2013 - 130 minutes
Directed by: Sam Raimi
Written by: Mitchel Kapner, David Lindsey-Abaire
Starring: James Franco, Mila Kunis, Michelle Williams, Rachel Weisz, Zach Braff, Joey King, Tony Cox, Stephen R. Hart, Abigail Spencer, Bruce Campbell
At one point during a climactic battle in Oz the Great and Powerful, one witch tells another, “It’s all for show.” That pretty much sums up the movie. Much of the film is fantastic to look at and there are points when director Sam Raimi’s touches come through – a couple crash zooms, the final witch makeup at the end…Bruce Campbell, but throughout you can almost hear the whispers of the studio execs. “We need bigger. Give us something to put on all the posters.” It’s nearly impossible to not pay attention to the suits behind the curtain.
This is a by-committee affair that, like most such films, gets bogged down in clunky plotting, inconsistent storytelling and a bloated running time. Why do these epic family films we’re being inundated with all seem to run so long?
It all starts off great. I really loved the opening at the traveling circus in Kansas. Raimi nails the aesthetic with black and white and a narrow aspect ratio (with some 3D elements bursting out of the frame, which was very cool) and James Franco’s character of Oscar is well-established as a guy who’s not necessarily completely irredeemable and malicious, but a showman so wrapped up in fooling his audience (and himself) that his view is a little off.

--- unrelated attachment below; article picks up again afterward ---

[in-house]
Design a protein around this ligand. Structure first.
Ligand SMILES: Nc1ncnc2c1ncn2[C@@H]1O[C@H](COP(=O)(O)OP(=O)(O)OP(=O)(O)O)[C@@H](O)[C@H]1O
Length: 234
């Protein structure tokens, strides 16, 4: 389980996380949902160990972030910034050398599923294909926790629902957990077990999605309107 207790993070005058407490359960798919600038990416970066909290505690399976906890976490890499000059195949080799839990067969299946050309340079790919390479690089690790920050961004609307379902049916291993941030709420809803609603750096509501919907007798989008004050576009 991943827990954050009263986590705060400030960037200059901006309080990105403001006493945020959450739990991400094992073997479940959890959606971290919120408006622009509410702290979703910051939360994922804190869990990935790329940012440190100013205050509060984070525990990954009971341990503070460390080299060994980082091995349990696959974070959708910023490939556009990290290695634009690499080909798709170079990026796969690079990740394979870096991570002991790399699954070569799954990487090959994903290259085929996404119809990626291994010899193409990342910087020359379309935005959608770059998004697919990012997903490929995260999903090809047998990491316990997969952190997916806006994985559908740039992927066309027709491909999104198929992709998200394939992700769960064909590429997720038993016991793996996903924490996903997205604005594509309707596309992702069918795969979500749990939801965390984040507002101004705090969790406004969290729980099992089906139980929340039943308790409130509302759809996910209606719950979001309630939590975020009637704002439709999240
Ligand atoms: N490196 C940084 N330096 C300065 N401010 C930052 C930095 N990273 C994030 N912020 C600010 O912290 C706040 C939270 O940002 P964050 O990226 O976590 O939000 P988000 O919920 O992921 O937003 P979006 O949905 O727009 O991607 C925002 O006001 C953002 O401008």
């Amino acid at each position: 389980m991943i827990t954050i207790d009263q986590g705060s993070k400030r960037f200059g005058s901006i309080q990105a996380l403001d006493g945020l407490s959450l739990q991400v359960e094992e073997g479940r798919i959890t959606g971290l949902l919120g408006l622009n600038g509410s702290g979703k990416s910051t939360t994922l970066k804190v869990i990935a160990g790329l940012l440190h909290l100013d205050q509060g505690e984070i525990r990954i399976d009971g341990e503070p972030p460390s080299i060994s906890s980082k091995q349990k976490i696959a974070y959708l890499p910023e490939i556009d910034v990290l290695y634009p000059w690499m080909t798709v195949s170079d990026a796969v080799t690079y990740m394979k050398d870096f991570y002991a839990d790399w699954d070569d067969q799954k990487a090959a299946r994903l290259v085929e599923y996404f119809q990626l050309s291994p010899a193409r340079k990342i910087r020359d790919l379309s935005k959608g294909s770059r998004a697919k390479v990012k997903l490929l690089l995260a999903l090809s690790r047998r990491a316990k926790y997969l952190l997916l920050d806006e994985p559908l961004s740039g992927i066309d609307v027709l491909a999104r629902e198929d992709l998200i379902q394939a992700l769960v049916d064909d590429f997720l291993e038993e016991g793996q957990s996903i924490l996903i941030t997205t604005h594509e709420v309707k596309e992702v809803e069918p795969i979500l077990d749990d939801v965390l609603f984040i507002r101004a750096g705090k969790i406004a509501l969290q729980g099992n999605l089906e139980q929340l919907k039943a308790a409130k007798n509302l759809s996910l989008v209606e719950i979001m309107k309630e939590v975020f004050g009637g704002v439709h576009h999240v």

After escaping an angry strongman in a hot air balloon, he’s whisked via tornado to Oz – the balloon is another sequence that has some great 3D. The wind dies down and the frame opens, turns to color and we’re in the magical world. We get an extended sequence of discovering the lush landscape, huge flowers, water creatures and so on. Then later, we get an extended sequence discovering a CGI Emerald City. And then a CGI ‘China Town’ (where we meet China Girl). A CGI graveyard. A CGI region of Oz where good witch Glinda introduces the stranger to the good people of her realm. The more CG world we see, the less magical it becomes.
And what happens within that world keeps always keeps us at arm’s length as well. There’s nothing to really get and keep us involved. We have a triumvirate of witch sisters – one bad, one good, and one that goes from seemingly indifferent to bad – that are, I don’t know, fighting for power? Not really. Fighting for control of their new hero wizard who is supposed to save their land? Kind of, but again, not really. It doesn’t seem there is anything to feud or fight for. Near the end when one goes all Emperor circa Return of the Jedi on another, it seems a bit extreme considering there hasn’t been any real basis for conflict.
James Franco’s Oscar/wizard doesn’t have a real arc either. He starts as a loveable and slightly slimy trickster. When he gets to Oz he plays the part of the wizard savior because he’s…promised gold. I’m not sure what he was exactly planning to use those riches for. I don’t recall seeing a Mercedes Benz dealership or Sharper Image in Oz.
At the end after largely slogging through CGI set after CGI set, his big revelation to save Oz and conquer the evil witches is to trick everyone into thinking he is an immortal and all-powerful wizard. I guess it’s okay because he goes from using his guile to charm nice Midwestern women to using it to charm the nice folks of Oz and expel witches? Maybe he hasn’t traveled very far after all.
The original classic took us, Dorothy and the gang on an adventurous journey of discovery, Oz the Great and Powerful takes us on a journey through over-plotting and computer generated wizardry. I enjoyed some 3D elements and a lot of the film is breathtaking to behold, but ultimately the film is a little frail and falls a little flat.